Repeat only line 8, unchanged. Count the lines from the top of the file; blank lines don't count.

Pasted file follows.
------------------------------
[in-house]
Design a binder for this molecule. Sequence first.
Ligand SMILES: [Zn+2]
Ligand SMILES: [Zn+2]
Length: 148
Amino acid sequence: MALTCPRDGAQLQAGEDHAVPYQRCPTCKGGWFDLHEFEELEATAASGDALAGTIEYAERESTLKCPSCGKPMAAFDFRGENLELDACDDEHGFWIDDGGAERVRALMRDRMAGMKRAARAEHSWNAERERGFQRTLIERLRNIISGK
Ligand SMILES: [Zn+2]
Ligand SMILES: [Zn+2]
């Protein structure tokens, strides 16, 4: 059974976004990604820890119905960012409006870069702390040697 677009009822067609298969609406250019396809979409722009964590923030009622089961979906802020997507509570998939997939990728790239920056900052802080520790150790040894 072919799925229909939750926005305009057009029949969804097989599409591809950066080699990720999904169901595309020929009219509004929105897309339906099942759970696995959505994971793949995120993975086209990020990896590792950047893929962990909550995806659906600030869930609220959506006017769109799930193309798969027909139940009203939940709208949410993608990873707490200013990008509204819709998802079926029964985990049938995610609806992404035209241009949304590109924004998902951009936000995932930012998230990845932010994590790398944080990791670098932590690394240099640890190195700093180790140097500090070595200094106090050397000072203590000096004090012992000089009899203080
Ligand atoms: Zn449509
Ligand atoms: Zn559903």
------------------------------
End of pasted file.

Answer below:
Ligand SMILES: [Zn+2]